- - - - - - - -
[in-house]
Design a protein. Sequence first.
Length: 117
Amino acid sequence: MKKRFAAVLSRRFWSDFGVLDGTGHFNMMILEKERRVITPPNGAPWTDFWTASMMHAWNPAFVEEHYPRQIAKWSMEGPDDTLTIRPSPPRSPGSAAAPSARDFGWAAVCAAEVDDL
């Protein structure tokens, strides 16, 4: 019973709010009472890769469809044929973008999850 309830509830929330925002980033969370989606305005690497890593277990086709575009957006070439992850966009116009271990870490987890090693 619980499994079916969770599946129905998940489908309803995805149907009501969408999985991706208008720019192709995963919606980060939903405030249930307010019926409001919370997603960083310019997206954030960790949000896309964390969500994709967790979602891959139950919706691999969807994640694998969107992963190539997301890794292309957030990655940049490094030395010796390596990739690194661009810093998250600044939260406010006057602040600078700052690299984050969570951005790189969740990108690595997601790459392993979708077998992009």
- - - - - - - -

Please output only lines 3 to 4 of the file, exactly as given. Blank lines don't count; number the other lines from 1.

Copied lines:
Length: 117
Amino acid sequence: MKKRFAAVLSRRFWSDFGVLDGTGHFNMMILEKERRVITPPNGAPWTDFWTASMMHAWNPAFVEEHYPRQIAKWSMEGPDDTLTIRPSPPRSPGSAAAPSARDFGWAAVCAAEVDDL